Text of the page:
Transforming Men’s Wear into a DIY Checkerboard Dress

  • 4-min read
  • 12 Tools
  • Intermediate


I had so much fun on this DIY project!

I was able to partner with the uber-talented Veejay Floresca on a challenging, but fun, thrift-flip. Veejay is a Filipino fashion designer based in LA who does custom work and makes everything from streetwear to bridal!

She challenged me with transforming a men’s blazer, dress pants, a button-down shirt, and a sweater into something I would wear.

I saw the below inspiration and new that I had to make a chic DIY checkerboard dress.

This was an opportunity to expand upon my patchwork experience, give old garments a new life, and practice sustainability while flexing my creative muscles.

I hope it’ll be the same for you.

So, let’s dive in!

LittleToh - DIY Checkerboard Dress - Before Image - Tiffany wearing a men's suit and shirt LittleToh - DIY Checkerboard Dress - After Image - Tiffany wearing a black and blue checkerboard dress with grey ties.

Tools & Materials

Just a reminder that my original video is in the middle of the page. You can watch the entire process and read the entire transcript there if you’re interested .


Before we start, we need to prepare our materials. This involves seam ripping all the items so we can start fresh. This process might seem tedious, but it’s a necessary step to ensure we have a clean slate for our project.

Once the items are seam ripped, it’s time to decide on the design of the dress. For this project, we’re going for a checkerboard shift dress – a simple yet stylish design that’s perfect for showcasing our creativity.

Creating the Checkerboard Pattern

The first major step in our project is creating the checkerboard pattern. This involves cutting the fabric from the pants and the blazer into squares. This step requires precision and patience, but the result is a visually striking pattern that will serve as the main design element of our dress.

Once the squares are cut, they are sewn together to create the checkerboard pattern. This process might take some time, but it’s a great opportunity to practice your sewing skills and create something truly unique.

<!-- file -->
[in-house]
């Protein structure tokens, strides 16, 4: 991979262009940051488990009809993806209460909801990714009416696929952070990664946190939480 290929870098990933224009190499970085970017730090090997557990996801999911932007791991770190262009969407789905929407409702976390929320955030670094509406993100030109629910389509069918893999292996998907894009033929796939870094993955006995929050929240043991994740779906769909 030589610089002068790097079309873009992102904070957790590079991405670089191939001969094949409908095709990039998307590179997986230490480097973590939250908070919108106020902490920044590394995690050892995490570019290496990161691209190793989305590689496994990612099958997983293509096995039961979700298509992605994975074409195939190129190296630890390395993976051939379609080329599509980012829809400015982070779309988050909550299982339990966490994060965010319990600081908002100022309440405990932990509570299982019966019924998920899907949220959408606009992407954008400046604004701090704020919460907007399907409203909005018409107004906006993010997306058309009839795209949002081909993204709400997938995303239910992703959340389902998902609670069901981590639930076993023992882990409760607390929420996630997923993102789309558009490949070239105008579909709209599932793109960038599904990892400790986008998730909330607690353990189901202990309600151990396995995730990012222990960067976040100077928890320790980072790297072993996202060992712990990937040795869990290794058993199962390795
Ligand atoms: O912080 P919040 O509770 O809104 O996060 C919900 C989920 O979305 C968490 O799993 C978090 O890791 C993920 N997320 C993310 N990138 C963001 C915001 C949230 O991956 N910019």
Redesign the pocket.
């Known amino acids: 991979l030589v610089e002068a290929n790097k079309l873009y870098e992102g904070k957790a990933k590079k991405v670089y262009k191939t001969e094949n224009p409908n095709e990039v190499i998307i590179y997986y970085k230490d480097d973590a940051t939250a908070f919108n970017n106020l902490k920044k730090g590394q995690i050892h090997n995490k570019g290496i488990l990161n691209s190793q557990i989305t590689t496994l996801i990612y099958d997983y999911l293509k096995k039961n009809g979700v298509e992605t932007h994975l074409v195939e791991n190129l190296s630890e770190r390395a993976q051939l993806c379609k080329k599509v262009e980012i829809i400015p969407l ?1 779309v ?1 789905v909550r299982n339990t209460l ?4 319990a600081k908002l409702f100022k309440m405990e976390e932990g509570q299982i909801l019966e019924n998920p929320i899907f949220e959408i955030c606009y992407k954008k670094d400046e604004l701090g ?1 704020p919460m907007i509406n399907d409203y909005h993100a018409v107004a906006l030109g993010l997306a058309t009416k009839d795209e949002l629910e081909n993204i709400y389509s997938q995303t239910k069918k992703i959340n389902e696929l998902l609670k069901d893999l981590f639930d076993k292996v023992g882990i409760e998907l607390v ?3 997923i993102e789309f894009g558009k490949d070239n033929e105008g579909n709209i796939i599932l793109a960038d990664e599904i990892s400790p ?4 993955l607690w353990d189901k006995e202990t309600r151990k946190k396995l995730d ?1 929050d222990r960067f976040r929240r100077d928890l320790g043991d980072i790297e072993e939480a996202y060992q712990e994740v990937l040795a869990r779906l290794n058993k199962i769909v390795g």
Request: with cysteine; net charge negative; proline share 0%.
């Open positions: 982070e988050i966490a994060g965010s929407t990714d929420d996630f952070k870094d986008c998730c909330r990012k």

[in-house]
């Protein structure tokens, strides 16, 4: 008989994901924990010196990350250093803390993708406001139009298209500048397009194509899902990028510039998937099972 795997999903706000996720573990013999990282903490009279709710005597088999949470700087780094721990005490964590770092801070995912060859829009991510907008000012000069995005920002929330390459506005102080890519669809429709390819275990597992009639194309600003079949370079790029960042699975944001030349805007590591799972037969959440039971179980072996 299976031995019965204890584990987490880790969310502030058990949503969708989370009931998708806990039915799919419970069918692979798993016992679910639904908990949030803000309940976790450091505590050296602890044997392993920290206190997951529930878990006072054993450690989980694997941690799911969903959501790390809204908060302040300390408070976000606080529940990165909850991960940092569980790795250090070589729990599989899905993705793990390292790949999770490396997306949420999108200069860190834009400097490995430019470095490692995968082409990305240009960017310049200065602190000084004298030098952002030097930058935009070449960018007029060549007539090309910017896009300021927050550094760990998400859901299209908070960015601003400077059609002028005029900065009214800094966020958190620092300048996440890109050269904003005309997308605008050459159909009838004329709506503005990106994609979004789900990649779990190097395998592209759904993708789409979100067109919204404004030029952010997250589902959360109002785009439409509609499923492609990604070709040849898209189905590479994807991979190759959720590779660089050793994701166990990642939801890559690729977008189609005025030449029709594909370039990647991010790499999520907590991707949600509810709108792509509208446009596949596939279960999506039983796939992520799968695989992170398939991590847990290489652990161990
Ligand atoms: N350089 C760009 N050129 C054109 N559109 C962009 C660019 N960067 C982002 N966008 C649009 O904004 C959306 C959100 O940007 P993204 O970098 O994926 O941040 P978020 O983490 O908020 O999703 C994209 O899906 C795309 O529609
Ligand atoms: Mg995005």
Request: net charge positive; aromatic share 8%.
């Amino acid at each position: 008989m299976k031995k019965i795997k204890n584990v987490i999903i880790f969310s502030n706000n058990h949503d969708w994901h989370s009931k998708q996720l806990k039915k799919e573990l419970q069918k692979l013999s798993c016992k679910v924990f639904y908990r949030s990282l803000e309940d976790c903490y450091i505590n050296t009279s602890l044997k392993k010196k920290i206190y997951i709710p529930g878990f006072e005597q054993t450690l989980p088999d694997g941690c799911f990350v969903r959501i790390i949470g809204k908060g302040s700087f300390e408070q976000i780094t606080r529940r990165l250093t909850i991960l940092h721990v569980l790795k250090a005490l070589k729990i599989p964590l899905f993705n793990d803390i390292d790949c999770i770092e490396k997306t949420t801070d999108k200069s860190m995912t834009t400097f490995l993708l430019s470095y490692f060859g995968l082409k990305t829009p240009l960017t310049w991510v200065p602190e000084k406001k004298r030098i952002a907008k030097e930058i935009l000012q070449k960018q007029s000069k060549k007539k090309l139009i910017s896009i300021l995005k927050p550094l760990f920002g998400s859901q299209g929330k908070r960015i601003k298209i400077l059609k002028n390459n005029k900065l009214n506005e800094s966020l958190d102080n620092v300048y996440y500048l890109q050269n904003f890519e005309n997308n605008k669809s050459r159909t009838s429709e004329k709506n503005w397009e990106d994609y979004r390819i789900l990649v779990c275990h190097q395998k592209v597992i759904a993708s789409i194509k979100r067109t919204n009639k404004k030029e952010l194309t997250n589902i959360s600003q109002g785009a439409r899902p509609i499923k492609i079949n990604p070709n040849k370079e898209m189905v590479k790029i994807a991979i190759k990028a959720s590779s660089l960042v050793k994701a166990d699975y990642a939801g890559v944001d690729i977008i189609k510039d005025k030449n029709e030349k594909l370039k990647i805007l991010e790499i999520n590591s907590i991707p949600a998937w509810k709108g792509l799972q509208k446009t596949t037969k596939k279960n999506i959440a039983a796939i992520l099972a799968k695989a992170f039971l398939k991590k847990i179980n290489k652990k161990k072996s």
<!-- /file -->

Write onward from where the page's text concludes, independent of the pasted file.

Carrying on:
Modifying and Using the Dress Pattern

Next, we need to modify and use a dress pattern. For this project, we’re using a basic shift dress pattern as our base.

However, we’re making some modifications to fit the design of our dress. This involves adjusting the side seams, lowering the armholes, and modifying the section where the straps are sewn on. Once the modifications are made, we cut out the pattern from our sewn-together squares. This step brings us one step closer to seeing our dress come to life.


Hello everyone, welcome back to my channel. Today, I’m going to show you how to make DIY easy fabric covered buttons. So, let’s get started.

Hello everyone, my name is Tiffany and welcome or welcome back to my channel. If you like sewing and DIY videos, make sure to give this video a thumbs up and subscribe to my channel. I am back with another upcycle by little toe where I take all forgotten items and give them a new life and if you saw my last video you’ll know that I’m doing a month of thrift flip challenges featuring some of my fellow Asian creators to celebrate AAPI Heritage Month.

This is the second challenge video in my series so if you haven’t seen the first one I’m gonna make sure to link it down below but this week I’m so excited to be collaborating with my new friend Veejay Floresca. Veejay is such an amazing designer, she’s based out of Nelly and she makes everything from streetwear to Bridal and here she is to introduce herself.

Hi, my name is Veejay Floresca and I’m a Filipino fashion designer from California. I am very happy to do this collaboration with Tiffany because we have the same passion. I love upcycling sustainability, I do a lot of one-of-a-kind pieces and also I do custom work for our clients. I hope that this collaboration will show you my work and I hope that you will also support my channel. Thank you so much.

If you saw my last video you’ll know that we have a $10 budget to thrift one or more items for the other person to flip so let’s get started. I’m packing up the things to send over to Veejay right now and you already know I’m not gonna show you everything but I wanted to give you all a little sneak peek. She says she likes solids so I’m gonna send over these that are kind of solids but like a sassy solid. She is such a talented fashion designer so I’m so excited to see what she makes so make sure you check out her video to see exactly what I said to her and to see what she turns it into.

The package that Veejay sent me just arrived all the way from LA and she sent me a message a couple of days ago saying that she chose fabrics that were challenging so why am I so nervous. I’m just gonna go ahead and open this and I’m really excited to see what she sent. Okay, okay, I see that there are a lot of solids which I don’t normally work with but I am definitely up for this challenge so I know the stuff in this box smells so good.